<aside> 💡 Contact Information:


Jasmine Daria Cannon, M.A.

Linktree (w/ Socials): https://linktr.ee/JasmineDaria

<aside> 💡 Word Version of this syllabus:


Cannon - BFDH Syllabus (DEFCon).docx

Research Rabbit


Course Description:

Black Feminist Futures: Intro to Black Feminist Digital Humanities seeks to create a vibrant community of thinkers to explore the relationship between technology in the 21st century and Black feminist thought. This study will survey critical internet studies topics, such as cyber harassment, algorithmic bias, influencer culture, and digital organizing from a Black feminist perspective. Some of the core exploratory questions for this class include: What are the digital humanities, and how can we apply them to our studies of the humanities and social sciences, as well as science, technology, education, health care, and law and public policy? How have Black feminist scholars applied and complicated digital humanities principles to their research, and what skills and methods can we use to incorporate into a variety of careers (including local and national politics, tech, museum and library positions, health care administration, etc)? This course aims to introduce students from a variety of academic backgrounds to Black feminist ethics, interdisciplinary applications of Digital Humanities praxes, and Black feminist strategies for studying digital research projects. Throughout this course, students will develop critical research and writing skills about technology, online communication, and digital scholarship.

Learning Objectives:

Core Course Questions:

Reading Outline:

Week: Theme/Concept: Readings: Supplemental Resources:
Week One Black Feminism (primer readings) Crenshaw, Kimberle. "Mapping the margins: Intersectionality, identity politics, and violence against women of color." Stan. L. Rev. 43 (1990): 12-41.

Collective, Combahee River. "The Combahee river collective statement." Home girls: A Black feminist anthology  1 (1983): 264-274. | “You May Have Borrowed These Terms From Black Feminism”: https://www.smithsonianmag.com/smithsonian-institution/you-may-have-borrowed-these-renegade-terms-from-black-feminism-180980592/ | | Week Two | Intro to Digital Humanities (primer readings) | Bailey, Moya Z. “All the Digital Humanists Are White, All the Nerds Are Men, but Some of Us Are Brave.” Journal of Digital Humanities 1, no. 1 (2011).

Keeling, Kara. “Queer OS." Cinema Journal 53, no. 2 (2014): 152-157. | | | Week Three | Archiving Black + Feminist Cyberculture | Brock, AndrĂ©. “Introduction" and "1. Distributing Blackness: Ayo Technology! Texts, Identities, and Blackness" In Distributed Blackness: African American Cybercultures, 1-37. New York, USA: New York University Press, 2020. https://doi.org/10.18574/nyu/9781479820375.003.0001 | | | Week Four | Black Cyberfeminism & Digital Black Feminism | Steele, Catherine Knight. “Introduction” and “Black Feminist Technoculture, or the Virtual Beauty Shop” in Digital Black Feminism. In Digital Black Feminism. New York University Press, 2021. | | | Week Five | Assembling a Black Feminist Digital Self | Johnson, Jessica Marie, and Kismet Nuñez. "Alter egos and infinite literacies, Part III: How to build a real gyrl in 3 easy steps." The Black Scholar 45, no. 4 (2015): 47-61.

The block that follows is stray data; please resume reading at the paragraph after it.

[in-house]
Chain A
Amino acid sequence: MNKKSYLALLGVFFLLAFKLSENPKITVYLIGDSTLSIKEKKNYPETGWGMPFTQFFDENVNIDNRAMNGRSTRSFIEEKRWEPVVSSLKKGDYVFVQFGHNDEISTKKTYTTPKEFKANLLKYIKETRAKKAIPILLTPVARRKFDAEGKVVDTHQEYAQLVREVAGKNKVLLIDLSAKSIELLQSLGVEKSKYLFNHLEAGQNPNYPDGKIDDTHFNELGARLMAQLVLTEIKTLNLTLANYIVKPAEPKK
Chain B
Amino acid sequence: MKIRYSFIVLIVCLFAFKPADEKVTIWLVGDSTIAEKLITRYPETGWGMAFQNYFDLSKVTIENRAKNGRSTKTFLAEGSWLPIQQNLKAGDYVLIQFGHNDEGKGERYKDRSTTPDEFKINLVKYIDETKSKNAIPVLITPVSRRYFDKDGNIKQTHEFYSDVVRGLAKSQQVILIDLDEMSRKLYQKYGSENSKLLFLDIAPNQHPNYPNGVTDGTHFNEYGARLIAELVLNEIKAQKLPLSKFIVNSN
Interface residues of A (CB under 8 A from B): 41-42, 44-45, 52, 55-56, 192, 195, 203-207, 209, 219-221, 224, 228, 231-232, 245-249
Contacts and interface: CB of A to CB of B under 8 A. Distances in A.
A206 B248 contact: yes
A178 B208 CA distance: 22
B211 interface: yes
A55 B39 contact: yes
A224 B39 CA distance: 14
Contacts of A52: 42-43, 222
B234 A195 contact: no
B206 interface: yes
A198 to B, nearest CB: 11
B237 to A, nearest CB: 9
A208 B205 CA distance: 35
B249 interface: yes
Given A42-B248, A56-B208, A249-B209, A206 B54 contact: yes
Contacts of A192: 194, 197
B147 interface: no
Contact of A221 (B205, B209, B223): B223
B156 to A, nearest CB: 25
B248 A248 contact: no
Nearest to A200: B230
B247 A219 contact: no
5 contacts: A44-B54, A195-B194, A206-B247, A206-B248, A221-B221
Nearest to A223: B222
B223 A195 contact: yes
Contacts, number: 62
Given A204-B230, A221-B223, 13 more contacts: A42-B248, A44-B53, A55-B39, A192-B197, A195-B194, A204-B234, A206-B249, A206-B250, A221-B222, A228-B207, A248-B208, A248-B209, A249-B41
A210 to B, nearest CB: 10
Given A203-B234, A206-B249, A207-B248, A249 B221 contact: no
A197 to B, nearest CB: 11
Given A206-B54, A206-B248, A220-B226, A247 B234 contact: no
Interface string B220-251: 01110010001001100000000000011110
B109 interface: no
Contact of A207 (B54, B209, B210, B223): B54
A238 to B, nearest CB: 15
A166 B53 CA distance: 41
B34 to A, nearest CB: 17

Chatelain, Marcia. "Is Twitter Any Place for a [Black Academic] Lady?." Bodies of Information: Intersectional Feminism and the Digital Humanities (2019): 172-84. | Sonya Renee Taylor “Bodies As Resistance” TED Talk: https://www.youtube.com/watch?v=MWI9AZkuPVg | | Week Six (Student’s Choice) | Racism & Sexism in Tech | Noble, Safiya Umoja. "Google search: Hyper-visibility as a means of rendering black women and girls invisible." InVisible Culture 19 (2013).

Browne, Simone. “What Did TSA Find in Solange’s Fro?: Security Theater at the Airport” in Dark matters: On the surveillance of blackness. Duke University Press, 2015. | | | Week Six (OR/Student’s Choice) | Black Privacy & Surveillance Studies | Smith, Christen A. "Impossible Privacy: Black Women and Police Terror." The Black Scholar 51, no. 1 (2021): 20-29.

Sharpe, Christina. “The Ship: The Trans*Atlantic” in In the wake: On blackness and being. Duke University Press, 2016. | | | Week Seven (OR/Student’s Choice) | Misogynoir + The Politics of Citation | Bailey, Moya, and Trudy. "On misogynoir: Citation, erasure, and plagiarism." Feminist Media Studies 18, no. 4 (2018): 762-768.

Smith, Christen A., Erica L. Williams, Imani A. Wadud, Whitney NL Pirtle, and Cite Black Women Collective. "Cite black women: A critical praxis (a statement)." Feminist anthropology 2, no. 1 (2021): 10-17. | | | Week Seven (OR/Student’s Choice) | Hashtag Activism | Jackson, Sarah J., Moya Bailey, and Brooke Foucault Welles. “#GirlsLiveUs: Transfeminist advocacy and Community building” in #HashtagActivism: Networks of race and gender justice. MIT Press, 2020.

Conley, Tara L. "Decoding black feminist hashtags as becoming." The Black Scholar 47, no. 3 (2017): 22-32. | | | Week Eight (OR/Student’s Choice) | Influencer Culture, Beauty, & Politics of Visibility | Schalk, Sami. "Contextualizing Black Disability and the Culture of Dissemblance." Signs: Journal of Women in Culture and Society 45, no. 3 (2020): 535-540.